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And waterfall, and streams that down the hills
Melodious rush, and voices of the rills.
He, as he hears of birds the summer mirth
And all the impassioned poetry of earth,
Looks at the bright, blue dawn-a dawn like this,
Feels at each lightsome step increasing bliss ;
And as he winds his flower-fringed path along,
Delighted wakes his own full-hearted song.

What are his joys to mine? The groves are green,
And fair the flowers; and there are ever seen
By him the mountain's breast, the hills, the woods,
Grass waving fields, and bright and wandering floods ;
The lays of birds are ever on his ear,
Music and sylvan beauty crown his year ;-
But if to him the rural reign have power
To fill with joy the swift-revolving hour,
What rapture must be mine, so seldom given,
To feel the beam and drink the gale of heaven!
For O! I love thee, Nature; and

my eye
Has felt “ the witchery of the soft, blue sky;"
Bear witness, glowing Summer, how I love
Thy green world here, thy azure arch above !
But seldom comes the hour that snaps my chain,
'To me thou art all beautiful in vain !
Bird, bee, and butterfly, are on the wing,
Songs shake the woods, and streams are murmuring;
But far from them - the world's unwilling slave,
My aching brow no genial breezes lave ;
Few are the gladsome hours that come to cheer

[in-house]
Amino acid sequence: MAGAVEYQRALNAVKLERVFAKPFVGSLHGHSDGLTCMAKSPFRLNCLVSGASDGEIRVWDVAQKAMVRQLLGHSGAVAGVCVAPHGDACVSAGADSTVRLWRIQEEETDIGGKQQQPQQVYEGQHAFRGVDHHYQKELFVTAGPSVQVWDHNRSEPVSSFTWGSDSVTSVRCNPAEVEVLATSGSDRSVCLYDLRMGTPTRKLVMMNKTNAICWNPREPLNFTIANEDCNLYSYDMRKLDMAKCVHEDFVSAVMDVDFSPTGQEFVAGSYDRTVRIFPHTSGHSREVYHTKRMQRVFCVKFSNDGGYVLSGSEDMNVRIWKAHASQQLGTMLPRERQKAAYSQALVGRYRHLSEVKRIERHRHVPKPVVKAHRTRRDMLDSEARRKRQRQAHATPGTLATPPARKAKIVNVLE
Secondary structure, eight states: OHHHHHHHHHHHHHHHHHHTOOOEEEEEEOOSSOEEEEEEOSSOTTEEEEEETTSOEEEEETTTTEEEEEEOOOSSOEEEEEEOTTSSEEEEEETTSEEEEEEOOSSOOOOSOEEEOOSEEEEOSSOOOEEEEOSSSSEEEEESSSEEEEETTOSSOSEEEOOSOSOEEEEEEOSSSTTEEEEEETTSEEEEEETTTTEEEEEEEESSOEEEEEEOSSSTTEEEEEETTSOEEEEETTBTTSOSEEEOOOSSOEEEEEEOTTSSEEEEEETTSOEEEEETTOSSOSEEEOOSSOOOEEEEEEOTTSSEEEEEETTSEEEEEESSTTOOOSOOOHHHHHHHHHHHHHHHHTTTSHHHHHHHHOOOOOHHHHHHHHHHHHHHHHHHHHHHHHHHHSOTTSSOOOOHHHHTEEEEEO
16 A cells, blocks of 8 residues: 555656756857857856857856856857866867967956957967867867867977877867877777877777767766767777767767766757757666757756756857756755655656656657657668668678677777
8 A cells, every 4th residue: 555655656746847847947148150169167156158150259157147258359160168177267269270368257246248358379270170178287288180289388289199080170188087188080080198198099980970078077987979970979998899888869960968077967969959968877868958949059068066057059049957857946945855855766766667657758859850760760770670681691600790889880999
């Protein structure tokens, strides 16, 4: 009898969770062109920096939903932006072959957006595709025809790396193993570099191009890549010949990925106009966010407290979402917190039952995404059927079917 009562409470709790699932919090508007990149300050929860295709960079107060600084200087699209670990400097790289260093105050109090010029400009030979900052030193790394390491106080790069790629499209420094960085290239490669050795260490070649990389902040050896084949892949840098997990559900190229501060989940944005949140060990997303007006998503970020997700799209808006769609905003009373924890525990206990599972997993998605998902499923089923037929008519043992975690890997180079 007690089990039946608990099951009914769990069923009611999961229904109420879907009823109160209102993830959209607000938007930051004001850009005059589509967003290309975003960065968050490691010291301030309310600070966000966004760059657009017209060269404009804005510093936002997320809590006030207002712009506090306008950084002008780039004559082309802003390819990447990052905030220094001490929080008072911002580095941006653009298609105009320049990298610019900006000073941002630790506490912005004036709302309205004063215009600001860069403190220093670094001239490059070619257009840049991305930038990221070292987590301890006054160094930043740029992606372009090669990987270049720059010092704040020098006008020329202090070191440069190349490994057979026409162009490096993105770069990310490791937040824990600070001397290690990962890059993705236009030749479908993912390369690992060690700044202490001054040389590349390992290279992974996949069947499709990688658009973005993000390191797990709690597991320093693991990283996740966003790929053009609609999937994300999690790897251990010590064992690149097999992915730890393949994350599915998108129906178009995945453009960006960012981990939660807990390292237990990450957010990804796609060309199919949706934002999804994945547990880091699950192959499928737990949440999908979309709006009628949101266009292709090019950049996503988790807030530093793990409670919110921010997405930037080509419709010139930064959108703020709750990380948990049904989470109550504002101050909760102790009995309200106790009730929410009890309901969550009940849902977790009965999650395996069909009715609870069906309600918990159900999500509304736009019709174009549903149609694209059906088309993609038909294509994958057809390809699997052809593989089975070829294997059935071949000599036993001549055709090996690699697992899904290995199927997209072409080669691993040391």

With flowers and songs my dull, unvarying year:
Yet when they come, as now,—from loathed night
The bird upsprings to hail the welcome light
With soul less buoyant than I turn to thee,
Prized for thy absence, sylvan Liberty !

BY J. G. LOCKHART, ESQ.

"My ear-rings! my ear-rings ! they 've dropt into the well, And what to say to Muça, I cannot, cannot tell.”— ’T was thus Granada's fountain by, spoke Albuharez' daughter, The well is deep, far down they lie, beneath the cold blue

water To me did Muça give them, when he spake his sad farewell, And what to say when he comes back, alas! I cannot tell.

My ear-rings! my ear-rings! they were pearls in silver set, That when my Moor was far away, I ne'er should him forget; That I ne'er to other tongue should list, nor smile on other's tale, But remember he my lips had kissed, pur as those ear-rings pale. When he comes back, and hears that I have dropped them in the

well, Oh what will Muça think of me, I cannot, cannot tell.